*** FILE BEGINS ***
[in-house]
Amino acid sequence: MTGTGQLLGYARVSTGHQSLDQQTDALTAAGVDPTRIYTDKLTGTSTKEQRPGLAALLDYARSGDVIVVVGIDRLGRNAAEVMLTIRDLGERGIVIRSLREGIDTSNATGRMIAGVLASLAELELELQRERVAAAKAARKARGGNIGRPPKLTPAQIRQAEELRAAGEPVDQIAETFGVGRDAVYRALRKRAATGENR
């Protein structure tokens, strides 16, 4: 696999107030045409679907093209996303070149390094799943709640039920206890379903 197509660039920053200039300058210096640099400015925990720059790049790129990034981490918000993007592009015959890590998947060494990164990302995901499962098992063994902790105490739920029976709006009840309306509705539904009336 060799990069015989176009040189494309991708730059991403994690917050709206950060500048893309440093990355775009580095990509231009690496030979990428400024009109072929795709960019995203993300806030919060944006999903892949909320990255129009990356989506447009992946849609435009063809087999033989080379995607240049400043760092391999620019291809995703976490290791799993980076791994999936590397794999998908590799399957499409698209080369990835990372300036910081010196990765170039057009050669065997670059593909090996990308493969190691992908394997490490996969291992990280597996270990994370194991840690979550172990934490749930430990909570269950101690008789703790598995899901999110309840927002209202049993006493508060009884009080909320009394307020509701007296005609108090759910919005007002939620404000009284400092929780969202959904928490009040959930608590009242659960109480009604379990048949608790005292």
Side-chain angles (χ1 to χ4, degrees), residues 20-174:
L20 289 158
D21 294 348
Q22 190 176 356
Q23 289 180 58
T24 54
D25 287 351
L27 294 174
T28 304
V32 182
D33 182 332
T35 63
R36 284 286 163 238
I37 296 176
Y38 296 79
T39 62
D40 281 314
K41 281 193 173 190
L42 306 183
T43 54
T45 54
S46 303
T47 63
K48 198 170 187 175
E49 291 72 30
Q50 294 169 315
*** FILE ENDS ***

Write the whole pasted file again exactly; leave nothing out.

[in-house]
Amino acid sequence: MTGTGQLLGYARVSTGHQSLDQQTDALTAAGVDPTRIYTDKLTGTSTKEQRPGLAALLDYARSGDVIVVVGIDRLGRNAAEVMLTIRDLGERGIVIRSLREGIDTSNATGRMIAGVLASLAELELELQRERVAAAKAARKARGGNIGRPPKLTPAQIRQAEELRAAGEPVDQIAETFGVGRDAVYRALRKRAATGENR
């Protein structure tokens, strides 16, 4: 696999107030045409679907093209996303070149390094799943709640039920206890379903 197509660039920053200039300058210096640099400015925990720059790049790129990034981490918000993007592009015959890590998947060494990164990302995901499962098992063994902790105490739920029976709006009840309306509705539904009336 060799990069015989176009040189494309991708730059991403994690917050709206950060500048893309440093990355775009580095990509231009690496030979990428400024009109072929795709960019995203993300806030919060944006999903892949909320990255129009990356989506447009992946849609435009063809087999033989080379995607240049400043760092391999620019291809995703976490290791799993980076791994999936590397794999998908590799399957499409698209080369990835990372300036910081010196990765170039057009050669065997670059593909090996990308493969190691992908394997490490996969291992990280597996270990994370194991840690979550172990934490749930430990909570269950101690008789703790598995899901999110309840927002209202049993006493508060009884009080909320009394307020509701007296005609108090759910919005007002939620404000009284400092929780969202959904928490009040959930608590009242659960109480009604379990048949608790005292």
Side-chain angles (χ1 to χ4, degrees), residues 20-174:
L20 289 158
D21 294 348
Q22 190 176 356
Q23 289 180 58
T24 54
D25 287 351
L27 294 174
T28 304
V32 182
D33 182 332
T35 63
R36 284 286 163 238
I37 296 176
Y38 296 79
T39 62
D40 281 314
K41 281 193 173 190
L42 306 183
T43 54
T45 54
S46 303
T47 63
K48 198 170 187 175
E49 291 72 30
Q50 294 169 315